An Overview of Substance Use
What’s the Attraction?
Teens and young adults use substances for a variety of reasons. They may begin because of curiosity and peer pressure. Often, those who become habitual users are trying to “solve a problem.” Substances can help them relax, alleviate boredom, fit in socially, escape emotional or physical pain, deal with traumatic memories, relieve anxiety, go to sleep, get up in the morning, lose weight, etc. Substance use is “reinforcing,” which means that a child is more likely to keep taking them when they seem to help with a given problem or need. It’s important for parents to understand what it is specifically that makes substances appealing to their child in order to address his or her use. And when substance use is severe, it can be difficult for any parent to address these causes and keep a child safe without professional help.
Substance Use Basics
It’s helpful to have a basic understanding of the different kinds of substances, their effects and how to recognize signs of use. Common substances used by adolescents and young adults include alcohol, tobacco (JUUL, cigarettes), marijuana (leaf, THC oils, dabs and vape pens), hallucinogens (LSD and PCP), sedatives (Xanax, Ambien), stimulants (Adderall, cocaine) and opioids (Vicodin, heroin, Percocet).
How do you know if a child is using alcohol and/or drugs? Aside from direct evidence (such as bottles, bags or other paraphernalia), parents often see physical, emotional and behavioral changes. Of course, the specifics of these changes depend directly upon the substance being used. For example, stimulants can cause an irregular heartbeat, insomnia, irritability and unexplained weight loss. Opioids, like Vicodin, Percocet and heroin, can cause a lack of enthusiasm and energy, constipation, slowed breathing, pinpoint pupils and nausea.
Some behavioral changes that may occur with substance use:
- Loss of interest in hobbies or extracurricular activities
- Comments from teachers, classmates or friends
- Changes in friendships
- Mood swings
- Irritability or argumentativeness
- Unusual agitation, restlessness or hyperactivity
- Lethargy or lack of motivation
- Locking doors, demanding more privacy, isolating or missing family events
- Declining grades, skipping school or poor work performance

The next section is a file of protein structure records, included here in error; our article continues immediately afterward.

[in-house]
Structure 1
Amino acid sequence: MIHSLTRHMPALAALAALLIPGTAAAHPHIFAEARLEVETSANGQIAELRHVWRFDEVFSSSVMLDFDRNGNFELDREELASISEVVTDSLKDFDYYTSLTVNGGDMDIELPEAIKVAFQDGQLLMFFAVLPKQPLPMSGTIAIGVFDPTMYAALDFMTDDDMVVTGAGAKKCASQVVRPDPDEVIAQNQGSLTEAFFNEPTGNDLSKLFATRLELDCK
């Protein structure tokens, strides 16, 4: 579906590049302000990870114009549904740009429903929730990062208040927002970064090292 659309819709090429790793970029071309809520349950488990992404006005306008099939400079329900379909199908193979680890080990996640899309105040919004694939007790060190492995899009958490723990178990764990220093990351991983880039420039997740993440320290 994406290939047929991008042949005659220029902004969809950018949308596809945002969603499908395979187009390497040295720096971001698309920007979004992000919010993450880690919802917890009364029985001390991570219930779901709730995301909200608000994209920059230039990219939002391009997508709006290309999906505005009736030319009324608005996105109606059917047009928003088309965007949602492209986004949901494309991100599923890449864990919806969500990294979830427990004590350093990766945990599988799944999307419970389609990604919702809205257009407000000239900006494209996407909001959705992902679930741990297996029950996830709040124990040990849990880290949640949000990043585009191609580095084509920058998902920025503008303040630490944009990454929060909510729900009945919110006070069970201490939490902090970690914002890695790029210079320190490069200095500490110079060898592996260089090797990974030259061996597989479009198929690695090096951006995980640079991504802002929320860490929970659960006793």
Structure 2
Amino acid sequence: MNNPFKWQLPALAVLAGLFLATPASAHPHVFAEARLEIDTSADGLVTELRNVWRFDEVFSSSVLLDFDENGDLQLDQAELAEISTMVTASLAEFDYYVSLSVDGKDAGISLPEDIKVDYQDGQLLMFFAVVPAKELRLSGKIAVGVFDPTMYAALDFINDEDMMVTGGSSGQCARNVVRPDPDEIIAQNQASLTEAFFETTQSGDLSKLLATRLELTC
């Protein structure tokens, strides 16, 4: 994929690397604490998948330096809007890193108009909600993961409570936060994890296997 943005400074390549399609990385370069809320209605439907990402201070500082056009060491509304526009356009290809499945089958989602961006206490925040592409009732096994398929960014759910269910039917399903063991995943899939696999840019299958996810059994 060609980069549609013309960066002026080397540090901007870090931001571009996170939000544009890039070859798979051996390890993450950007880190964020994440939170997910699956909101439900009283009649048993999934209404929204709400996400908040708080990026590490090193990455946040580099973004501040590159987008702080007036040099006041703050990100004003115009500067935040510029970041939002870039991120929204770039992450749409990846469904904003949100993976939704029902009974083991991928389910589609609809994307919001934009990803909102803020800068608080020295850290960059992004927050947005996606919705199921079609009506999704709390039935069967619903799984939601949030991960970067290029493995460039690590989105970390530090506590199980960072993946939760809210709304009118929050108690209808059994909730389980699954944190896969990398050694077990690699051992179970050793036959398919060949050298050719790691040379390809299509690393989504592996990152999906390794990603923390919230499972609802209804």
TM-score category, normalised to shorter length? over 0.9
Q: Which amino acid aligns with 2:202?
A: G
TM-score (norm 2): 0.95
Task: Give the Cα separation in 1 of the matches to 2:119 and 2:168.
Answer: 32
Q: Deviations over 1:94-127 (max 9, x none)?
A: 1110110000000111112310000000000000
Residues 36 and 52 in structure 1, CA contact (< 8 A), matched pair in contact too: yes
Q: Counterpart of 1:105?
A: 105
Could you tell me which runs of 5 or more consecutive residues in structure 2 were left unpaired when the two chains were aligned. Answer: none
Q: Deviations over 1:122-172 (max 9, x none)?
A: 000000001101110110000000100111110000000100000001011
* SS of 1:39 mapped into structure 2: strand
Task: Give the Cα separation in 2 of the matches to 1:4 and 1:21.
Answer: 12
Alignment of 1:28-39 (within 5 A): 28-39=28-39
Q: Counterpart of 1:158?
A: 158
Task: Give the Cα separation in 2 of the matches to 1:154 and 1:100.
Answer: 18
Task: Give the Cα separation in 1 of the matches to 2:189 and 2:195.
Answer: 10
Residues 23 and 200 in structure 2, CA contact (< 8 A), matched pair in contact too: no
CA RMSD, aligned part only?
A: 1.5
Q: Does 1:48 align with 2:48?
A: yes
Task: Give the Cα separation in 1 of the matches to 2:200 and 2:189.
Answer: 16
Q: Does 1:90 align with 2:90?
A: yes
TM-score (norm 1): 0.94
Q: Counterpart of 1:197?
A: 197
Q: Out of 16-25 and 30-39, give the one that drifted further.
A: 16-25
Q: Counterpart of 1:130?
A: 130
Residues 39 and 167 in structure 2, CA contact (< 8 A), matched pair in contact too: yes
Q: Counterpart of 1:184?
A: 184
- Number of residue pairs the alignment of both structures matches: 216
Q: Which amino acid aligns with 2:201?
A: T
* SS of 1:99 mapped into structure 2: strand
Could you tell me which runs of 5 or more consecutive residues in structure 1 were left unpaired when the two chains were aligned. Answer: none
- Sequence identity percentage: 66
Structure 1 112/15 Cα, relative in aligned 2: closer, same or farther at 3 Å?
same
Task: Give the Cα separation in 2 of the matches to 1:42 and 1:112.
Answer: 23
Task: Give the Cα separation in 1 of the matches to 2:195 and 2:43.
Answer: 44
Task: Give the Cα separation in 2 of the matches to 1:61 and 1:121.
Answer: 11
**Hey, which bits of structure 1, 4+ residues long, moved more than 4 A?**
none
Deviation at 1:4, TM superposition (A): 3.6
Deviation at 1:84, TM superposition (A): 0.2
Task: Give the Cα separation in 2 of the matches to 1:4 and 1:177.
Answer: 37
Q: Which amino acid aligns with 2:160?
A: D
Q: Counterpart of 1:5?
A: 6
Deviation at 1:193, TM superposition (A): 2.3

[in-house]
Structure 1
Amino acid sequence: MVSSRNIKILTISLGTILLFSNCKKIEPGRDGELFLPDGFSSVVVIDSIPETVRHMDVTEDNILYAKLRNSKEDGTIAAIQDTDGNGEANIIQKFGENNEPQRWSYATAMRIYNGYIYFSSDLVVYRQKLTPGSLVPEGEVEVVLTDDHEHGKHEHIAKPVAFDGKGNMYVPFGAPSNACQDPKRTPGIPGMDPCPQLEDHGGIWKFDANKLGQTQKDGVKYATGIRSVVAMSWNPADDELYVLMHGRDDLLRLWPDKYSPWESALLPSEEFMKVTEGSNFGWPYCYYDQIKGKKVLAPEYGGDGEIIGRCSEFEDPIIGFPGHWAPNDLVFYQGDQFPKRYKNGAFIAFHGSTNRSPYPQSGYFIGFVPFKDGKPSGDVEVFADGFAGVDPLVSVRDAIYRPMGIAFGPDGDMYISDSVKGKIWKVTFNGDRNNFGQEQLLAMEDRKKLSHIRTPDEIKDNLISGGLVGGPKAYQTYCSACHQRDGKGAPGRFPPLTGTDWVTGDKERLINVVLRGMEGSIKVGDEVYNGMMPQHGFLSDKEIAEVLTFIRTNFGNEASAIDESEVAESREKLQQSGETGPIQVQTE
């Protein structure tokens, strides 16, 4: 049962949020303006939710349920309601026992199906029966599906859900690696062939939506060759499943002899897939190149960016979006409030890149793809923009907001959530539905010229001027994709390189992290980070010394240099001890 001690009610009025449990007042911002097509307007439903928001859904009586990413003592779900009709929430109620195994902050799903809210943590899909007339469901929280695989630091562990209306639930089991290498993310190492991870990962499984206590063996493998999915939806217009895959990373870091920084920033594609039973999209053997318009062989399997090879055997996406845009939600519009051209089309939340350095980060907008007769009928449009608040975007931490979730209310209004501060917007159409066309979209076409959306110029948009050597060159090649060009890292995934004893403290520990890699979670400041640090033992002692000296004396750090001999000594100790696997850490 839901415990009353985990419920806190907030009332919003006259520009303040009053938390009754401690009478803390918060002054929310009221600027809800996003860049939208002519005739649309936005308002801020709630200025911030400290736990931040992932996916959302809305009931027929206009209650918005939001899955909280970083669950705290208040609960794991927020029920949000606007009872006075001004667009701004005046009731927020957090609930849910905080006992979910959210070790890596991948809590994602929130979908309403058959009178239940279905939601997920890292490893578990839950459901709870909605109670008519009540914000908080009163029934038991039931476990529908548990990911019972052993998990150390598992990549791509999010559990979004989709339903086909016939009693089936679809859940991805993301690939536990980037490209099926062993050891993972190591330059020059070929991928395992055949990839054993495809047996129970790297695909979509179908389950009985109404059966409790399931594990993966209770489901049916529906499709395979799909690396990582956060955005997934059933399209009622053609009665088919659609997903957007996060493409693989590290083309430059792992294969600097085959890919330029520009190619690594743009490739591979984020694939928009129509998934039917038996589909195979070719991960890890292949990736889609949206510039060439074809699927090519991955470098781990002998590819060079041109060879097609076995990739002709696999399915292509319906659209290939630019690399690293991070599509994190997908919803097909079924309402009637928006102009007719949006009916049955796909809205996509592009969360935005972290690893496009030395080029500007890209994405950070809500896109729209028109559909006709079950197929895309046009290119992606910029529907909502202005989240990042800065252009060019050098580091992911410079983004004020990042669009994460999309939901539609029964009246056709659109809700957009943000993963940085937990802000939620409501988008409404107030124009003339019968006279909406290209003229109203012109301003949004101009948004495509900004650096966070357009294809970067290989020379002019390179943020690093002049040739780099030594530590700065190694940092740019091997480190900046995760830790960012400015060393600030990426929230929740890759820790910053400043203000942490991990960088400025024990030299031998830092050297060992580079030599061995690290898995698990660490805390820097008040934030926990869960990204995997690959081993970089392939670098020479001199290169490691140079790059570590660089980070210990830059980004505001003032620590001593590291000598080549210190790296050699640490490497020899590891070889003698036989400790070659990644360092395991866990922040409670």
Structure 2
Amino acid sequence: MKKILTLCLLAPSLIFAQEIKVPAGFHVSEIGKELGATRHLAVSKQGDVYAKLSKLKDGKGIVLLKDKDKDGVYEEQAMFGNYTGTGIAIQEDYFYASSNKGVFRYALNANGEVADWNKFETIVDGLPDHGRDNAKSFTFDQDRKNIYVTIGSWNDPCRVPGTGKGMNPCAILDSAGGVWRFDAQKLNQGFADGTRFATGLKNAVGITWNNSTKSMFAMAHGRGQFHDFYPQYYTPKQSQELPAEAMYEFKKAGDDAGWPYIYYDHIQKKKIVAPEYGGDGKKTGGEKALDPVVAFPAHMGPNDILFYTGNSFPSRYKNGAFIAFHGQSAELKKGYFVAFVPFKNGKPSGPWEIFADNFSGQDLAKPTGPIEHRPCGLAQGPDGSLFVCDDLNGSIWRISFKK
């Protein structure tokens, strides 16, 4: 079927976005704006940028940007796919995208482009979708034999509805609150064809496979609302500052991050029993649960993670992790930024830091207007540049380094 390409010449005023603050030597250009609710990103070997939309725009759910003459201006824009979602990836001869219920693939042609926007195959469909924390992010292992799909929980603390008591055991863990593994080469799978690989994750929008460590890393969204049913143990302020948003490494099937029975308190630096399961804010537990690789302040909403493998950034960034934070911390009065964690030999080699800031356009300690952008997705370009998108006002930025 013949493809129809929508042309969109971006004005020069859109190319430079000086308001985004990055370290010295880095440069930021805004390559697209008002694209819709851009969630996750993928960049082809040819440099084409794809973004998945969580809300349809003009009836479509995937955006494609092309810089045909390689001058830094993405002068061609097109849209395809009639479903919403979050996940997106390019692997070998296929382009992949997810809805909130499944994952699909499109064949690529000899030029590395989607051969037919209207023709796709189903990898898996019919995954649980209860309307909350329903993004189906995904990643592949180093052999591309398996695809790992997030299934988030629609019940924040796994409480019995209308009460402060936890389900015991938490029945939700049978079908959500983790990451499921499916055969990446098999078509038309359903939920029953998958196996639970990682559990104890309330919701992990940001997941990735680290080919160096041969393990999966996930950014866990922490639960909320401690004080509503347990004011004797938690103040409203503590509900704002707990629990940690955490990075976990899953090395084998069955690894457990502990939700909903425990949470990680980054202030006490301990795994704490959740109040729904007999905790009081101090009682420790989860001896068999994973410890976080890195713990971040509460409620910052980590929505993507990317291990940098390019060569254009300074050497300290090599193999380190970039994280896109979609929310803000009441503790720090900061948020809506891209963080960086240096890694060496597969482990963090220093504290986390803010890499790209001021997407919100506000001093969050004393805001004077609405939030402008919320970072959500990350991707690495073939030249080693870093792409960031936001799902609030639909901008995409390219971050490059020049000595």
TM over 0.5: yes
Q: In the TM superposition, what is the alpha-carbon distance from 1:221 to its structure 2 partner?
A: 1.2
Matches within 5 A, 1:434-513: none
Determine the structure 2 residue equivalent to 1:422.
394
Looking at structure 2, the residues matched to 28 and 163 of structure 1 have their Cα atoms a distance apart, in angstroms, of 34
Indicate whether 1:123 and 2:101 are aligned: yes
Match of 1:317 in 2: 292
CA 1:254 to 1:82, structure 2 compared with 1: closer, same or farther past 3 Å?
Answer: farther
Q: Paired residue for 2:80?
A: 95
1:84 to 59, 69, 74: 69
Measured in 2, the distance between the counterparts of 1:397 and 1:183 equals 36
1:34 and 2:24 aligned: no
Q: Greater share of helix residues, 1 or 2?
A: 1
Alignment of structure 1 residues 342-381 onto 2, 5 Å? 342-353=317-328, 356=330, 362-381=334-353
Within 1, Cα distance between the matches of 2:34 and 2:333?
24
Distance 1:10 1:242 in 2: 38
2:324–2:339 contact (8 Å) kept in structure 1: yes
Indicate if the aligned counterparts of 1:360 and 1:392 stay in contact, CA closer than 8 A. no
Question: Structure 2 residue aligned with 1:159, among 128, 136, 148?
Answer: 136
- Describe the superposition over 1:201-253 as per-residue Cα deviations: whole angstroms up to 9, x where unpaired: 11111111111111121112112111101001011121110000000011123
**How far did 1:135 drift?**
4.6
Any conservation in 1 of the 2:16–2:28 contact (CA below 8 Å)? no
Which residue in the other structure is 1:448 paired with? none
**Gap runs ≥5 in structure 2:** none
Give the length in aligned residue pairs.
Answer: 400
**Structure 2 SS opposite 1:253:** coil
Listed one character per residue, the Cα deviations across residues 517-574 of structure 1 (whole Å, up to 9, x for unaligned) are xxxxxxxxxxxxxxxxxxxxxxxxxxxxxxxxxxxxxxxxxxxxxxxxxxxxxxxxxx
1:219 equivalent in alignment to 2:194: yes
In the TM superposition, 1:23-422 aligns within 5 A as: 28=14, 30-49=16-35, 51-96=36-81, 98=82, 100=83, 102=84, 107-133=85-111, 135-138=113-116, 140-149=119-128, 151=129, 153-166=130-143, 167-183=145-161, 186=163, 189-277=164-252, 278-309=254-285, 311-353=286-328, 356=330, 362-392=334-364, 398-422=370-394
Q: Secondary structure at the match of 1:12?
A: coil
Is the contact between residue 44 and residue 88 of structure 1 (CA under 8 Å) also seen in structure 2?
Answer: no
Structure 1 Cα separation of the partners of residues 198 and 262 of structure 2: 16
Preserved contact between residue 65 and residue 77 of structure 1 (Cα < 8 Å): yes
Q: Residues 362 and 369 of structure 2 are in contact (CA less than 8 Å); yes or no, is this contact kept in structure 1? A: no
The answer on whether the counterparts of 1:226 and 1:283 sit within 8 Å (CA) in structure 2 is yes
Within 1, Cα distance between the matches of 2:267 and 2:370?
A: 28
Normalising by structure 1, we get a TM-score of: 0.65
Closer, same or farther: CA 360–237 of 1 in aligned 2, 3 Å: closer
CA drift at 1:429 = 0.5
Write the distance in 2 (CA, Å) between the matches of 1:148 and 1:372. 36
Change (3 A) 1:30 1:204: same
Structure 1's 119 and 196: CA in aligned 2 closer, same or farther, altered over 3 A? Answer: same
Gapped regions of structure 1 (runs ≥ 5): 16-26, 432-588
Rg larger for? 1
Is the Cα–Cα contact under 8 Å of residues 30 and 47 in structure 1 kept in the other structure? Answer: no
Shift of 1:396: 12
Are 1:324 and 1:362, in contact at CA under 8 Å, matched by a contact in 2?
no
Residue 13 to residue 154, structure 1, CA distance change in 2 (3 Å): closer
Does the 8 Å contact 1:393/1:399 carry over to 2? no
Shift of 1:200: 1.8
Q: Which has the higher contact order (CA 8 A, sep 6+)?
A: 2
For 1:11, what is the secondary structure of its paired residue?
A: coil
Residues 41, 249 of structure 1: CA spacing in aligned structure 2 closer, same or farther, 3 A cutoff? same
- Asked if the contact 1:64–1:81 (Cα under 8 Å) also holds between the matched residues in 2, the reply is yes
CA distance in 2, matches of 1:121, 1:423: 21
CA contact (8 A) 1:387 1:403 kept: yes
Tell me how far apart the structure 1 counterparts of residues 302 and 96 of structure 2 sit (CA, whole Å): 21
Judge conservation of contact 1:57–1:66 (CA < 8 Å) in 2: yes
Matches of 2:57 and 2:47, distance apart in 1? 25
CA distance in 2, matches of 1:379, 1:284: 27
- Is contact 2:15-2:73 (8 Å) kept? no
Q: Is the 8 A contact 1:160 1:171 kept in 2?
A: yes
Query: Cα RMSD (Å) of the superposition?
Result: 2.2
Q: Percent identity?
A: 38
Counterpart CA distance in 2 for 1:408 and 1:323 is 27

- Becoming more accident-prone
- Engaging in risky behaviors (such as sex or driving under the influence)
- Borrowing or taking money or valuables
- Missing prescription drugs or missing alcohol
Many of these symptoms overlap with mental health disorders. For example, it can be hard to tell if a child who becomes withdrawn and isolated is depressed, using alcohol, or both. You can learn more about differentiating between substance and mental health disorders in Section 3.
What Is a Substance Use Disorder?
The term “substance use” exists along a spectrum from initial use to greater frequency (and usually more consequences) and eventually to addiction.
Regardless of the substance, the Diagnostic and Statistical Manual of Mental Disorders, Fifth Edition (known as the DSM-5) defines a substance use disorder as a problematic, recurrent use of drugs or alcohol that causes significant distress or impairment in a person’s life. There are four categories of behaviors that are used to determine the severity of the problem: impaired control, social impairment, risky use, and tolerance and withdrawal.
A person needs to meet two or three of these criteria to be diagnosed with a mild substance use disorder. Meeting four or five of the criteria is considered a moderate substance use disorder, and six or more is deemed a severe substance use disorder.
Even if a child’s use of alcohol and/or other drugs doesn’t rise to the level of an “official” substance use disorder, it can interfere with functioning. There is a trend in the field moving away from categorizing severity by dependence or withdrawal criteria and looking instead at the impact on one’s life. A young person does not need to be dependent on drugs or go through withdrawal symptoms for the substance to have a huge impact on academic and/or social functioning.